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Saw V: The Outliving of Usefulness

Movie title: Saw V (2008)
Grade: C + (2 ½ stars)
Rated: R
Director: David Hackl
Producers: (Exec.) Daniel Jason Heffner, Mark Burg, Oren Koules
Starring: Tobin Bell, Julie Benz, Meagan Good, Costas Mandylor, Scott Patterson, Betsy Russell
Genre: Crime-Horror-Mystery
Summation: In this (the fifth) installment of the Saw series, Hoffman remains as the apparent torchbearer of Jigsaw, the infamous murderer, and now it’s time to tie up loose ends.
Spoilers ahead: No


My descriptive title for Saw V can be used to summarize not just part V, but also part IV, in that the series has (sadly) outlived its usefulness. Both movies have some good and bad qualities, and how one views the Saw movies is, of course, open to interpretation. But one thing that should not be disputed is the fact that the Saw series has gotten rather old by now.

I give it a weaker 2 and-a-half stars, and that is fair. But while I can’t give it a glowing recommendation, if you love the Saw series (I, for one, do), then I do recommend that you see this one. It has the same intrinsic qualities as the other Saw movies, and that makes it mostly riveting—very appealing if you are a diehard Saw fan. But to really like it, you’ll have to forgive stiff, lifeless acting on the part of some. You’ll also need to dig the long and arguably too frequent flashbacks that the Saw series has become so famous for. And you’ll have to love splotchy gore, semi-realistic screaming, and the repetition of that used-to-be-chilling phrase: “I want to play a game.”

When all is said and done, what we’ve got here is more of the same stuff as before—a blood-shedding genius is going to gruesomely test the fabric of human nature, and there’s going to be lots and lots of (you guessed it) blood, blood and torture, and long bouts of screaming. Jigsaw is so smart that he manages to stay one step ahead of the police and the FBI the entire time. Ok…we get it…he’s unthinkably smart and sadistic, the epitome of a psychopath who is out to take retribution into his own hands. Got it, ok, ready to move on to something new…but there’s nothing new here to move on to; there’s just more of the same stuff as before.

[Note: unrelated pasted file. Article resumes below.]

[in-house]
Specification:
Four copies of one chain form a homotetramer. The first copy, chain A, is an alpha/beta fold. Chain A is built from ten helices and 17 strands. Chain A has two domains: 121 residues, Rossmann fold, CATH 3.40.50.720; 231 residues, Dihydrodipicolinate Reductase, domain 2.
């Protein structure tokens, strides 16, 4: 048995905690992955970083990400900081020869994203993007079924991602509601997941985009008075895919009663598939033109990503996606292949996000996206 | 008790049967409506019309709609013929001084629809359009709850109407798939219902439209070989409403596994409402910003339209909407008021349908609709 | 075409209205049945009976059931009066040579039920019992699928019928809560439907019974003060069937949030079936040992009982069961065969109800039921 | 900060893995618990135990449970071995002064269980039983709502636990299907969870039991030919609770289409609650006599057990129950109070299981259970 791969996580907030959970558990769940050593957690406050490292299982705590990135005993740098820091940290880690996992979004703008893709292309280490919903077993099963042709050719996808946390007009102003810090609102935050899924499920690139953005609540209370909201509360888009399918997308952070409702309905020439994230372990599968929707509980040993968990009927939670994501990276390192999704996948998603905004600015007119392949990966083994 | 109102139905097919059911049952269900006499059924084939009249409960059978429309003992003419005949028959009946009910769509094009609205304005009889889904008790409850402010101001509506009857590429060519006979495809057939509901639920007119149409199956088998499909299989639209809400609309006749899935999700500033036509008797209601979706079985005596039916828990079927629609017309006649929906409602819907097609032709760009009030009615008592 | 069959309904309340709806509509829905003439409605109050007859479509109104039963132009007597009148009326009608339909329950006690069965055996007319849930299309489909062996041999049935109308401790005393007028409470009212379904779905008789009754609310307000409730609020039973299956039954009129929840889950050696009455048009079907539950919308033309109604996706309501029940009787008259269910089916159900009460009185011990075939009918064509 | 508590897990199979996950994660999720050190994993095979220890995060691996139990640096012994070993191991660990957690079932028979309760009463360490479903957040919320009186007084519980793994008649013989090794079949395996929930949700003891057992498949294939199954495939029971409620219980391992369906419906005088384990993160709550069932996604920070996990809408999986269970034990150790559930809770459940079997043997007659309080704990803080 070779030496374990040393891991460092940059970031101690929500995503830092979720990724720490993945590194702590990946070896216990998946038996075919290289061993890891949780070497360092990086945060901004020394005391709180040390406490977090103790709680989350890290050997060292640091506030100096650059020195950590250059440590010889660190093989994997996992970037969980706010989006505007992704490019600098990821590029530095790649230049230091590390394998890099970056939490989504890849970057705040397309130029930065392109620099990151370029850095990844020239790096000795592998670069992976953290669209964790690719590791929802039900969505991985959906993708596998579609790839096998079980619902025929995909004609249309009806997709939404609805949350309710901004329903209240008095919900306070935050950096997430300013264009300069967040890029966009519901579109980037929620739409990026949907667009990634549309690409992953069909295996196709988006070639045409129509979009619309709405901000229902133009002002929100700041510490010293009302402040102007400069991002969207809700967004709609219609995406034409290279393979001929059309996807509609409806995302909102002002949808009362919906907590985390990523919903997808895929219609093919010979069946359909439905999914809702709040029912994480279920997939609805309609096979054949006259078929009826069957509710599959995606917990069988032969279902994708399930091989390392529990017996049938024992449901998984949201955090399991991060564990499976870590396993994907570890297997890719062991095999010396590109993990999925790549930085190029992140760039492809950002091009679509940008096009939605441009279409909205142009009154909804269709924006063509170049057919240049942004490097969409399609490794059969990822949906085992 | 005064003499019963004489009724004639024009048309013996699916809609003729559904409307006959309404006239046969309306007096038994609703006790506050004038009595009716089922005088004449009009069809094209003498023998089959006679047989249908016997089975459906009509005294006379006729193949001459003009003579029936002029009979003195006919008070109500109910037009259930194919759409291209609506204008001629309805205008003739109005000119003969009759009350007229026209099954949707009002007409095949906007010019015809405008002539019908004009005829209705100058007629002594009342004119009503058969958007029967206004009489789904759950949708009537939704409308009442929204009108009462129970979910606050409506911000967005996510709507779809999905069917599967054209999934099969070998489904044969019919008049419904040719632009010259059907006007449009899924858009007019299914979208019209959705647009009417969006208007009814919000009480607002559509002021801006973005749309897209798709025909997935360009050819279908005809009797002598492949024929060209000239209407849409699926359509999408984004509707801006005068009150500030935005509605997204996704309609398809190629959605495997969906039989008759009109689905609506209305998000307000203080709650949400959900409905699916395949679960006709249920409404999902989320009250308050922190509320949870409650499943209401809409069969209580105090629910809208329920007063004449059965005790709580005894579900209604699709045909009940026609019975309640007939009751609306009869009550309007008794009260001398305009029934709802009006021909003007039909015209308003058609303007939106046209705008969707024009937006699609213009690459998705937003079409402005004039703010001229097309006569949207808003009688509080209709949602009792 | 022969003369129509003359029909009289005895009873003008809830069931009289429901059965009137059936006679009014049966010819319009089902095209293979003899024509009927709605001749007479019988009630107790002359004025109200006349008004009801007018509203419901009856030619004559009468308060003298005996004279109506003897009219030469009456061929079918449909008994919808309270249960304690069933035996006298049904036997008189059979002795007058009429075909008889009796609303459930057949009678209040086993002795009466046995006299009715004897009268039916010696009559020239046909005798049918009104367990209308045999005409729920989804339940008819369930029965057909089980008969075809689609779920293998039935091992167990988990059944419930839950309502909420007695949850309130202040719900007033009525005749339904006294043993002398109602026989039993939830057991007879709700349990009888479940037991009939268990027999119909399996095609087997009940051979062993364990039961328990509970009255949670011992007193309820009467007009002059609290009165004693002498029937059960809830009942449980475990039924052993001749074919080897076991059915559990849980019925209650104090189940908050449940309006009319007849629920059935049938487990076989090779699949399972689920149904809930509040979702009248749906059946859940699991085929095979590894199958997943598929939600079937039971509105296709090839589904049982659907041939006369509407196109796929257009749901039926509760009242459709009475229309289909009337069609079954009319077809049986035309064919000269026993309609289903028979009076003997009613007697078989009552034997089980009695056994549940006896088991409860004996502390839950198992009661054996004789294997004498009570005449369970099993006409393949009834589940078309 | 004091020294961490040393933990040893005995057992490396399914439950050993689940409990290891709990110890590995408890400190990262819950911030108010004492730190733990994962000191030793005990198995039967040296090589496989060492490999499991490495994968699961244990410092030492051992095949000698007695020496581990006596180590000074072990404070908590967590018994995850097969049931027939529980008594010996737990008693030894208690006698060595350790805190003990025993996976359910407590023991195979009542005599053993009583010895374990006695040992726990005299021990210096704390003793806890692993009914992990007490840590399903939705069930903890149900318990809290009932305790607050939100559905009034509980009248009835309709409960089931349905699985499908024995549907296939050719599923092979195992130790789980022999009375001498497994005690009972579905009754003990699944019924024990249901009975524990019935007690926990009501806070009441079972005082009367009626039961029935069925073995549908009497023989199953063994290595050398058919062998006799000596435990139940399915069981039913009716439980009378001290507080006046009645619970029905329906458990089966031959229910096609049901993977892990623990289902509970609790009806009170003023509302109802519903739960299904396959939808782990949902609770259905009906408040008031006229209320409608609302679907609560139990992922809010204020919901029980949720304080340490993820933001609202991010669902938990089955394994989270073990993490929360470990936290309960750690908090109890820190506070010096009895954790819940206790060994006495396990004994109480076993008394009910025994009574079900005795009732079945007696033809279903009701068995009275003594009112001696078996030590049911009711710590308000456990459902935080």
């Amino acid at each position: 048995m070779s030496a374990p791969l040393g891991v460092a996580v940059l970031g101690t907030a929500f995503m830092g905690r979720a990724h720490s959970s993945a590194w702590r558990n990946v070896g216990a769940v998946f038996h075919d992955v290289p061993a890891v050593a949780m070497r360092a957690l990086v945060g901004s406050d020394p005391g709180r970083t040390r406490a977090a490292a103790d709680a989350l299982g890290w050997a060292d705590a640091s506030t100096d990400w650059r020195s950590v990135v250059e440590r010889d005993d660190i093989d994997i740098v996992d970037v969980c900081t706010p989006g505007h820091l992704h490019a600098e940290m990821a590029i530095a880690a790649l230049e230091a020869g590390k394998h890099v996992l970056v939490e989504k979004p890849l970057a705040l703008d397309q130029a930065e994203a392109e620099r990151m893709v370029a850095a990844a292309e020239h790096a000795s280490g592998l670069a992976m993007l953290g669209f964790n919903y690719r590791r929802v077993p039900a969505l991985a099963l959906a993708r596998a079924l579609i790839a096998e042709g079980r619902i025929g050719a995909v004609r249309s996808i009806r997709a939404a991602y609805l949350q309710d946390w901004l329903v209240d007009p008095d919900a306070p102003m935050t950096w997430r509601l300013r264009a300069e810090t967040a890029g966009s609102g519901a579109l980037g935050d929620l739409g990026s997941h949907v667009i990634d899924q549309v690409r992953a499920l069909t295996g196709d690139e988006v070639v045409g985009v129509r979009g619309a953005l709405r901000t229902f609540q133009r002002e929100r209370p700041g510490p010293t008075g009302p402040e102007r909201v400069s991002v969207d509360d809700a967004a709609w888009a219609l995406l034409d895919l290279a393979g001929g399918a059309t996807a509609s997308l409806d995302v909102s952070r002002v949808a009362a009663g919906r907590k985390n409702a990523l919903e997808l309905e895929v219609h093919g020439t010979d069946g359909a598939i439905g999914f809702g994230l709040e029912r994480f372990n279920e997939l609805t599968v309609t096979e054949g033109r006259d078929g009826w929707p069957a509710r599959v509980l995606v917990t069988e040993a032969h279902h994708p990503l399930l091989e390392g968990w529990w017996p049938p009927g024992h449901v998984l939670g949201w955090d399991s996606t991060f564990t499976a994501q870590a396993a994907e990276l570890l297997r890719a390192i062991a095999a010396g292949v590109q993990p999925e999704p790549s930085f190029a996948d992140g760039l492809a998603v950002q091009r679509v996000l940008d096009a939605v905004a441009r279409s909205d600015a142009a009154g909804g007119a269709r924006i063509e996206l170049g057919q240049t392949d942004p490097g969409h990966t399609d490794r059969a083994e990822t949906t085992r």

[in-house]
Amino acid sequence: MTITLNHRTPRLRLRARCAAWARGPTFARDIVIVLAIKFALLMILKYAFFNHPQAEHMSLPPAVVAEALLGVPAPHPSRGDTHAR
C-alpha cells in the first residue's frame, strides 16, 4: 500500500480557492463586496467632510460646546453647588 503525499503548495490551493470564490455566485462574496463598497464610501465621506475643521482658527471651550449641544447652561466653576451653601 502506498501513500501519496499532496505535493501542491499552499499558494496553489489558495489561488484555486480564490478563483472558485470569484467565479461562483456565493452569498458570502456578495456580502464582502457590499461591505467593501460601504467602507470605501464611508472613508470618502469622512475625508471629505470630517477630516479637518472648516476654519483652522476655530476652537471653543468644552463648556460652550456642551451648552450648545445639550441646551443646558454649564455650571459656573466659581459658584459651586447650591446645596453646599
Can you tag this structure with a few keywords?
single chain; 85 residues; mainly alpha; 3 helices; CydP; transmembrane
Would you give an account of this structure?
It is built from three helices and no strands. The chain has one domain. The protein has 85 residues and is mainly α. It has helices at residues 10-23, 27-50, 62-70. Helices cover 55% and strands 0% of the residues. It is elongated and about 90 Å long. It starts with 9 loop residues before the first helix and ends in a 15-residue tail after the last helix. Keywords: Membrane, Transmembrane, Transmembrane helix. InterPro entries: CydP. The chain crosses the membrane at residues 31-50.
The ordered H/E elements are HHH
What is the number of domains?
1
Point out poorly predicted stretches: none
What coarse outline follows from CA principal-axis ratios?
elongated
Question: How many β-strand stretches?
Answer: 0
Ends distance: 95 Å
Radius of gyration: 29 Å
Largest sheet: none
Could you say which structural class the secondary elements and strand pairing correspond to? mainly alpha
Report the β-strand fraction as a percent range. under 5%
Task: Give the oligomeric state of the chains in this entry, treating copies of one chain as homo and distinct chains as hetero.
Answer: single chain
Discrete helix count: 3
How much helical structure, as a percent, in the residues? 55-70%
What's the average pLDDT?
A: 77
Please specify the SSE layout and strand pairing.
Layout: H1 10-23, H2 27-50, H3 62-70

Saw V may not have anything new, but what it does have is more of what you’ve been itching for—a firm tie-down of explanations as to what transpired. Like the other Saw movies, the movie works backwards and then forwards, tying together everything from all past movies. It explains a lot, like how Kramer has successfully evaded the police and the FBI, and how he managed to have an inside line on capturing his victims. Saw V is not shy in focusing on the theme of the entire Saw series—rehabilitation. Kramer is not a sick serial killer. Oh no! He’s a mechanism of justice, a force against those who have fallen through the cracks of the justice system. If you choose to, you can pass his tests, and when you do, you’ll be immediately rehabilitated. You’ll see life like you never have before; you’ll be reborn; you’ll cherish life like you never thought possible. But the choice is always yours, as were the choices you made that got you tested in the first place!